In a society where using credit to acquire an item is routine, it’s easy to buy almost anything you want with a tap or swipe of a card. Let’s face it, the United States economy heavily functions by the use of credit. You spend, spend, spend until there is $0 left in your account, or sometimes even negative, which you get yourself in debt.
There is a simple solution but a complicated mindset that many individuals cannot comprehend that would change their financial life forever. And that is to Pay Yourself First!
What does paying yourself first even mean? When I learned this concept in my early years, I was guilty and felt like I cheated myself. Paying yourself first means that each time you get a paycheck, you automatically put a certain amount that is yours to the side.
You must think of yourself as an employee or a business that you need to pay. For example, out of the $5000 you earn monthly, you are paying the government 20%-30% of your salary a month. You are left with $3500 a month, the next step is to pay yourself $500 a month so your total net-worth grows as every month goes by.
What should I do to start paying myself?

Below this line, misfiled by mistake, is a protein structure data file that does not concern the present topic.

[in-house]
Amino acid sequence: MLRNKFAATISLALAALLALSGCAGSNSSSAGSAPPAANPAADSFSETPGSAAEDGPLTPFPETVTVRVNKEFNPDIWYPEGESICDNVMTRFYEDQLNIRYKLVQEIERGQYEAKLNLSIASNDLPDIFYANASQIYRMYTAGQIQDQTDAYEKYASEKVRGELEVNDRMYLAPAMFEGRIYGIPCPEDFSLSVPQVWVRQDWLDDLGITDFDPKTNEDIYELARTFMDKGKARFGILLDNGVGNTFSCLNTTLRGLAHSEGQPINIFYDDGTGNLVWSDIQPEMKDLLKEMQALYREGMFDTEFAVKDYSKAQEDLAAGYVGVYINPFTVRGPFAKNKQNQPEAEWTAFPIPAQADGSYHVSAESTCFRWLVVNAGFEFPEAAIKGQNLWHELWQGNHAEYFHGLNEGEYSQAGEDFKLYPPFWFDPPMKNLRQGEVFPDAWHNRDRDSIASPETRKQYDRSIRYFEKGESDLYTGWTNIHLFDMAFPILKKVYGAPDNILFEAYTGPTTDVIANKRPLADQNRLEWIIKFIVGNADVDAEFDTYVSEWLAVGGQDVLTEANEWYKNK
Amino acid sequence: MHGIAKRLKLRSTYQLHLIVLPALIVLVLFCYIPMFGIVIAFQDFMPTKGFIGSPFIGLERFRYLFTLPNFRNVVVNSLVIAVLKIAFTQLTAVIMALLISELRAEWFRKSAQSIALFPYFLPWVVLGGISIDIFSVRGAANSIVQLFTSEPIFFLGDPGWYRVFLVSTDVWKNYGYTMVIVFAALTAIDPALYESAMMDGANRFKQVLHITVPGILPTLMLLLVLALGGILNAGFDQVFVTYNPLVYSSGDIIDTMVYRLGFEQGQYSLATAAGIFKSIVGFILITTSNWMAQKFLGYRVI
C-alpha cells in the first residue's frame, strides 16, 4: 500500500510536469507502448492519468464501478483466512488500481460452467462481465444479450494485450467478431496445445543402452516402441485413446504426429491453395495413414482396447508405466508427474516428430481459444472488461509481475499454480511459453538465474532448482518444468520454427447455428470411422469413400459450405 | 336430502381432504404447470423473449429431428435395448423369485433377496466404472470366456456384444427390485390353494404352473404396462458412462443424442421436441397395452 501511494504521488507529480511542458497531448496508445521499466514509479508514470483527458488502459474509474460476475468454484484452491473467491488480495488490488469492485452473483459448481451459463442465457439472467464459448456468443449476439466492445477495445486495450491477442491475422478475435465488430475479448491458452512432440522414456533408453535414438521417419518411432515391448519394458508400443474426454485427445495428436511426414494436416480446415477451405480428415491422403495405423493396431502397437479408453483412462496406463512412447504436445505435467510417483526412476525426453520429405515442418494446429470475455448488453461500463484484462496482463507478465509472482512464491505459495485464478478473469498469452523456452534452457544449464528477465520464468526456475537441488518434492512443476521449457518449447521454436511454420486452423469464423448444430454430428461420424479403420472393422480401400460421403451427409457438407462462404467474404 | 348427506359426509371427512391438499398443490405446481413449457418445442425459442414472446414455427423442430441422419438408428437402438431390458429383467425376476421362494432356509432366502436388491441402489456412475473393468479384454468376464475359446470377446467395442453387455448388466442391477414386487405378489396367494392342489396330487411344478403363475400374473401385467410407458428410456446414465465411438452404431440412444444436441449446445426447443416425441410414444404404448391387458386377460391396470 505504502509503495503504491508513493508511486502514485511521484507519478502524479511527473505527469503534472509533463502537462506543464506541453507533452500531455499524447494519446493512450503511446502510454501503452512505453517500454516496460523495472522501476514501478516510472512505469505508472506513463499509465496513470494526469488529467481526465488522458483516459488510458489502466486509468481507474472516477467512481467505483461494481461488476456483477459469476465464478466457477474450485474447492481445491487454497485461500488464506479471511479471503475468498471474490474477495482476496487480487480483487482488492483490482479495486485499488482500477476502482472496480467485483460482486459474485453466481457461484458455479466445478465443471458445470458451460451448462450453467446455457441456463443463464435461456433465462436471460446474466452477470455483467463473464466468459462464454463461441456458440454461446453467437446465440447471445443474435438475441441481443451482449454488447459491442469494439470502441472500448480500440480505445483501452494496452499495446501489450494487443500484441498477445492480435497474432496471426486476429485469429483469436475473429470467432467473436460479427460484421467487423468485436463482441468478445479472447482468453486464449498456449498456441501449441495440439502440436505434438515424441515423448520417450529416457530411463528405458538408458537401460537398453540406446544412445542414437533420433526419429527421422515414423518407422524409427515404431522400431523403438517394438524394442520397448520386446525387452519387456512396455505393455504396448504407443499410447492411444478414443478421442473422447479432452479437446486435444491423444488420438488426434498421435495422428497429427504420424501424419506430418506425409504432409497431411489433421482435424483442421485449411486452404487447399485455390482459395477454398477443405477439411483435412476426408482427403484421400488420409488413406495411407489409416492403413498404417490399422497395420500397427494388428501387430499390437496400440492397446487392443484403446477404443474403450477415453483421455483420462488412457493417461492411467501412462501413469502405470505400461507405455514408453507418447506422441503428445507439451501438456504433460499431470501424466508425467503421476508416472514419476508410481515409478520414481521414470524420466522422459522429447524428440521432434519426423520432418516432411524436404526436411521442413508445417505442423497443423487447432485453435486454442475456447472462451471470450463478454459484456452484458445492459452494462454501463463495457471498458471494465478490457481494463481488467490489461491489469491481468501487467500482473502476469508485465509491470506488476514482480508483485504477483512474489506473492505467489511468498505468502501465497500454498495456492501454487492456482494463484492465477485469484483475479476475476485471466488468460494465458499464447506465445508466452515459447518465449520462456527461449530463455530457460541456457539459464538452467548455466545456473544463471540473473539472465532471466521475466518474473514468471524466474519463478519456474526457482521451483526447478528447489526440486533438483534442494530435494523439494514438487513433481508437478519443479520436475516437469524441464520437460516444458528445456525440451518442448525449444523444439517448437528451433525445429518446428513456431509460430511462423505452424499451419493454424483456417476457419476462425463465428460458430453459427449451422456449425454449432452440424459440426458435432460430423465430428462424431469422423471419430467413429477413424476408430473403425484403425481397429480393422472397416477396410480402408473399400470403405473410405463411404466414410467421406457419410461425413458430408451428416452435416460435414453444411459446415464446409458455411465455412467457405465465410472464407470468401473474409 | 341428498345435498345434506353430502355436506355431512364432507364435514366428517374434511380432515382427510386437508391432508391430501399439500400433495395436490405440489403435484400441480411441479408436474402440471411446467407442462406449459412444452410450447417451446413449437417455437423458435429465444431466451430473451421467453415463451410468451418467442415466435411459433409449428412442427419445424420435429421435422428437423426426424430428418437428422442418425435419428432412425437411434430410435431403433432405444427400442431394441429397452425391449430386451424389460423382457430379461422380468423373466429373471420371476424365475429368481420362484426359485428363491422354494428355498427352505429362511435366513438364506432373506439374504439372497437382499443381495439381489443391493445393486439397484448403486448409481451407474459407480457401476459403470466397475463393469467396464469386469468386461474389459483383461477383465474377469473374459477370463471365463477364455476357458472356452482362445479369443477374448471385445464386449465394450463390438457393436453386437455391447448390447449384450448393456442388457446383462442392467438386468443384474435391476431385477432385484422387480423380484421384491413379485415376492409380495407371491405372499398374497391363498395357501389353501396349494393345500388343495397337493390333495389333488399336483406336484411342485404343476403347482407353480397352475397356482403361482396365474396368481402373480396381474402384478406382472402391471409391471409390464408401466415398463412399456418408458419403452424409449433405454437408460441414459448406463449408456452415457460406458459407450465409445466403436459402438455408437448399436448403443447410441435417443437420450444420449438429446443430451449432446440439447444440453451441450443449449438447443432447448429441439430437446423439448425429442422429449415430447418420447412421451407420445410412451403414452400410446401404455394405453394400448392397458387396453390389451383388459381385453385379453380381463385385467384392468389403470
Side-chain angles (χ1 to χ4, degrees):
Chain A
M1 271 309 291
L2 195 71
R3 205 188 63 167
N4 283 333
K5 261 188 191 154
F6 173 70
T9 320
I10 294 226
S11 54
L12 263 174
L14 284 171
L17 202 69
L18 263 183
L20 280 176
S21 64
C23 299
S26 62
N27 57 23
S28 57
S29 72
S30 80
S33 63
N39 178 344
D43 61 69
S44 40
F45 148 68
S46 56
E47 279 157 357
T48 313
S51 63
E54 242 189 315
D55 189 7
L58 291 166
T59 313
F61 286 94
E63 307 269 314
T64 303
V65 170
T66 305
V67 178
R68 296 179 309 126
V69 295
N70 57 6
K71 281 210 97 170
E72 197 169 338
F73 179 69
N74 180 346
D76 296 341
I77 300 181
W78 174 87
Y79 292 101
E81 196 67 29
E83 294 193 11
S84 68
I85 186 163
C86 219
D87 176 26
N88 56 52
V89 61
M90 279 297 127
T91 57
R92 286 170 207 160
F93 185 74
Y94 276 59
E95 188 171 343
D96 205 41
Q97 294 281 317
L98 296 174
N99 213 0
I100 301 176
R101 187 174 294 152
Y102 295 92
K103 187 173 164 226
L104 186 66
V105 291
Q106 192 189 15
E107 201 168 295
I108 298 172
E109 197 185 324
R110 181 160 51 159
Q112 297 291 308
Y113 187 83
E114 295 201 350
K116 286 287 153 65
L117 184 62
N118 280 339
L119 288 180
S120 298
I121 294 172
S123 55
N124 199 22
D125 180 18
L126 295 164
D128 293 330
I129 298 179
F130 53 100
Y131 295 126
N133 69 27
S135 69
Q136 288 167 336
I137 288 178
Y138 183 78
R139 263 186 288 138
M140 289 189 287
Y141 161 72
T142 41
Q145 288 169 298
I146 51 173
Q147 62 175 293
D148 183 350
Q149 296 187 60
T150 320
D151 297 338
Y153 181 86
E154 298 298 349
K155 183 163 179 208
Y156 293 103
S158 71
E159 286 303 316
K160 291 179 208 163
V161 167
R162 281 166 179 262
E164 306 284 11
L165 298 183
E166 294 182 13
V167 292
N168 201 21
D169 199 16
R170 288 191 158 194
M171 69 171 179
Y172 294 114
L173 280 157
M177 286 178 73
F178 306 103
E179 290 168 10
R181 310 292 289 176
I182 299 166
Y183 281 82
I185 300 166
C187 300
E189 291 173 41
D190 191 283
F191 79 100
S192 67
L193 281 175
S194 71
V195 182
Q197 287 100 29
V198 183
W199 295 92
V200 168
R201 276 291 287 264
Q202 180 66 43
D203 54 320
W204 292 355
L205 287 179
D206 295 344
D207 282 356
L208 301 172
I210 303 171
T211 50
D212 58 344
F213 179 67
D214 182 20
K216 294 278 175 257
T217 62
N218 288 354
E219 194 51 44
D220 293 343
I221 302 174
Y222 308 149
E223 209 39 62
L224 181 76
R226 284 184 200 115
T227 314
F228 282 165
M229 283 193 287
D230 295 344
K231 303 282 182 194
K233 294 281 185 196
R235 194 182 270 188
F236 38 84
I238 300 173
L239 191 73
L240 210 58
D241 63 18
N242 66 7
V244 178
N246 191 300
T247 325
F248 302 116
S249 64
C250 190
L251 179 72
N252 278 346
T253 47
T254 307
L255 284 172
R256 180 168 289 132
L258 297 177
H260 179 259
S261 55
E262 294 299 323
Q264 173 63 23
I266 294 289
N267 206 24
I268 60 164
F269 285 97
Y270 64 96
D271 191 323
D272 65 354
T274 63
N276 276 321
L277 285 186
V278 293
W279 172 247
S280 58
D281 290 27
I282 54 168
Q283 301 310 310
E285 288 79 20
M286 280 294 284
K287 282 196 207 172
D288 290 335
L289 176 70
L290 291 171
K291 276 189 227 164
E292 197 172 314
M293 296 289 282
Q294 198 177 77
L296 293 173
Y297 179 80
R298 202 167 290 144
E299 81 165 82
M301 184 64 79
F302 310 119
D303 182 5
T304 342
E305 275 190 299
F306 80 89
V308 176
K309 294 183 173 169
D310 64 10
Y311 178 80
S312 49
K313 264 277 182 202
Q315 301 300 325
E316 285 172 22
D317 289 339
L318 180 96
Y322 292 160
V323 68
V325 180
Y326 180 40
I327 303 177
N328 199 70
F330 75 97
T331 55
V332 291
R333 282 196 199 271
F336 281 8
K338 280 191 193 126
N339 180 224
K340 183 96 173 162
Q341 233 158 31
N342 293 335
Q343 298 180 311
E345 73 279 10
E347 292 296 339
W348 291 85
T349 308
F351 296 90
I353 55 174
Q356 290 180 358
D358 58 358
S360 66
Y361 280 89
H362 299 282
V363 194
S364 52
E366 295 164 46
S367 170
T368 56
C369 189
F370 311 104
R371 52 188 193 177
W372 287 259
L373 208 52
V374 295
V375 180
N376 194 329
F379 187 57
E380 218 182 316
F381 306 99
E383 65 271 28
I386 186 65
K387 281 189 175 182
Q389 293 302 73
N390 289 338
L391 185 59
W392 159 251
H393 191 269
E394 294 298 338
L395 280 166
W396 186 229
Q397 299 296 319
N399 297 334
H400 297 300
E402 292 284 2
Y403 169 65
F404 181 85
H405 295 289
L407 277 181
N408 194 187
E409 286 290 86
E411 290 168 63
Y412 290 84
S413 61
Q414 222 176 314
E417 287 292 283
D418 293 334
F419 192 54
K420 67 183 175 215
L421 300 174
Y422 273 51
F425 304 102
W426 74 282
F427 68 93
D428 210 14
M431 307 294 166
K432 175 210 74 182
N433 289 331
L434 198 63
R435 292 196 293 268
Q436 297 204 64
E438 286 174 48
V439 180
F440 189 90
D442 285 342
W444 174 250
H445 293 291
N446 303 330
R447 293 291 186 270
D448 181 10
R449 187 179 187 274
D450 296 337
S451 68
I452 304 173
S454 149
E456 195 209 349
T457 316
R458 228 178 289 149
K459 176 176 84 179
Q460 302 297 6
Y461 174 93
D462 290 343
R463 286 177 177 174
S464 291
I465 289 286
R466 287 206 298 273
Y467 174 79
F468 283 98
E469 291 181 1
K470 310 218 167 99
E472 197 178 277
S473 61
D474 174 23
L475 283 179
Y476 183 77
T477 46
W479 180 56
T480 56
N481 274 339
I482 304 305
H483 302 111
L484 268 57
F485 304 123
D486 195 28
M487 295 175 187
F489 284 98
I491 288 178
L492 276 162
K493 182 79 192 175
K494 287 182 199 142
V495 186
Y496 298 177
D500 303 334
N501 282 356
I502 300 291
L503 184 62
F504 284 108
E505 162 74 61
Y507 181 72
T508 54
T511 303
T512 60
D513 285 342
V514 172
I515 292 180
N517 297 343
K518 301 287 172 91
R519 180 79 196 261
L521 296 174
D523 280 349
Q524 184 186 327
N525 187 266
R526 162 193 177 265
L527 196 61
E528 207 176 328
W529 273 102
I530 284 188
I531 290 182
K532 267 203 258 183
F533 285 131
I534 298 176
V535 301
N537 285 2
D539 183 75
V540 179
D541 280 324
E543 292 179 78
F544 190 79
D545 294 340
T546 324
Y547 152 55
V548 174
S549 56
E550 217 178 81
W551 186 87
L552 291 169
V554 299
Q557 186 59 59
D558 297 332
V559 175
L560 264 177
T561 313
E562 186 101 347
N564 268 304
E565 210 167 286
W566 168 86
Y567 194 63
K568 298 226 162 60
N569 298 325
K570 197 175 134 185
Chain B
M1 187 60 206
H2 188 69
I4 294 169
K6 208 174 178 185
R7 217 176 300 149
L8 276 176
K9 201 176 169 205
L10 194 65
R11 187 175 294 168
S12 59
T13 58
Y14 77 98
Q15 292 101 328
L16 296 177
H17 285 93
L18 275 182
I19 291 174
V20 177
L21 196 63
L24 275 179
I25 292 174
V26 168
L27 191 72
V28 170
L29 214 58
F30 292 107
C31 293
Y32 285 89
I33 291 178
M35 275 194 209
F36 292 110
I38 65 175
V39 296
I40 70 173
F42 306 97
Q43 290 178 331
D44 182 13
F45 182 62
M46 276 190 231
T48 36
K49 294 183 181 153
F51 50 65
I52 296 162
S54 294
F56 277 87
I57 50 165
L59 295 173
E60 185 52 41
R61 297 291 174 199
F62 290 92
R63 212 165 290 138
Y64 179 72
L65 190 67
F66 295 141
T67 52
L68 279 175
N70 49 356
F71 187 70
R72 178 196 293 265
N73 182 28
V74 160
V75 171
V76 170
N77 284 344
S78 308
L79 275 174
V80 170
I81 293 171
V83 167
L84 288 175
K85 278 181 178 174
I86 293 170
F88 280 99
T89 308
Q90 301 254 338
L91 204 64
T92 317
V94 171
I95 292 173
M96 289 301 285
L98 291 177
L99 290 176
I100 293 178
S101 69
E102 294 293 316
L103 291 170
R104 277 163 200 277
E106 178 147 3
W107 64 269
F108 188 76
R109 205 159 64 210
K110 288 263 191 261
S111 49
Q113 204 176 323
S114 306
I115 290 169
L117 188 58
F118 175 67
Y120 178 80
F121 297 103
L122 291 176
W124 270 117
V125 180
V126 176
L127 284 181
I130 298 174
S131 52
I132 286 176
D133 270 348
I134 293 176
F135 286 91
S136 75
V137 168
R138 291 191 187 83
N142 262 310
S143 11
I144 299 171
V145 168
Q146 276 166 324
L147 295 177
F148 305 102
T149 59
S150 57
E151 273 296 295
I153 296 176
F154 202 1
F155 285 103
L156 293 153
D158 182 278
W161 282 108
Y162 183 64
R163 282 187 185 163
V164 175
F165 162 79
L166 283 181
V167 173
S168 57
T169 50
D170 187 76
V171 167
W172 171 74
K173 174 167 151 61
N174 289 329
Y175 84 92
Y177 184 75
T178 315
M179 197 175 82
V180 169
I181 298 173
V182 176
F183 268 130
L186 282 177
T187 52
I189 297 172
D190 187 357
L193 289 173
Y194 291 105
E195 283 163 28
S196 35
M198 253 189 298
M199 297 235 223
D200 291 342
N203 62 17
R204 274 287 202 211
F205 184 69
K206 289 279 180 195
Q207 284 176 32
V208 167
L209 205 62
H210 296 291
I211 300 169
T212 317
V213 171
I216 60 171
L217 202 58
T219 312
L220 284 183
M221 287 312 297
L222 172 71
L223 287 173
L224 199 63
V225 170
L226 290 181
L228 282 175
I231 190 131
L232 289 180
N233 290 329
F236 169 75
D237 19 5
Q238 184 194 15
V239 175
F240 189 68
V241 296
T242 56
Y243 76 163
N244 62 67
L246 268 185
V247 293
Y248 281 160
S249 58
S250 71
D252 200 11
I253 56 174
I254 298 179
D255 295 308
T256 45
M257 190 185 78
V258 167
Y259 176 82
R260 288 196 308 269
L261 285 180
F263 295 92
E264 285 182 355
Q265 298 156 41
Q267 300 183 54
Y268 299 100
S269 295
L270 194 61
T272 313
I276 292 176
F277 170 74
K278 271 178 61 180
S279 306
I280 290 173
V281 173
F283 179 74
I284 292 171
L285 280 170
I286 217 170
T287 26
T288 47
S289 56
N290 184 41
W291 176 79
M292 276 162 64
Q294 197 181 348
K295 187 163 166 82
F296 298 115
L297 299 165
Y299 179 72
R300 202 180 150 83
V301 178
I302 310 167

The first simple step you should do is to automate your paycheck from when it hits your checking account and move it to your savings or investment account so you avoid trying to spend it. Try to start small and if you don’t notice a lifestyle change, you can increase it in small increments. Why is the automation portion so important?
Think about it, when your taxes are being taken out of your paycheck, are you manually paying the government every time a paycheck comes in, or does the government automatically take it from you? You want to have the same mentality with paying yourself first, that money isn’t reachable and it goes straight to your savings or brokerage account. When that portion of your money isn’t available to you, then you won’t spend it on things you do not need. In addition, many employers use payroll programs that allow you to automate your direct deposits in percentages to certain accounts, so you never really see it. A prime example of this is a 401(k). Click here if you want to learn which 401(k) is right for you.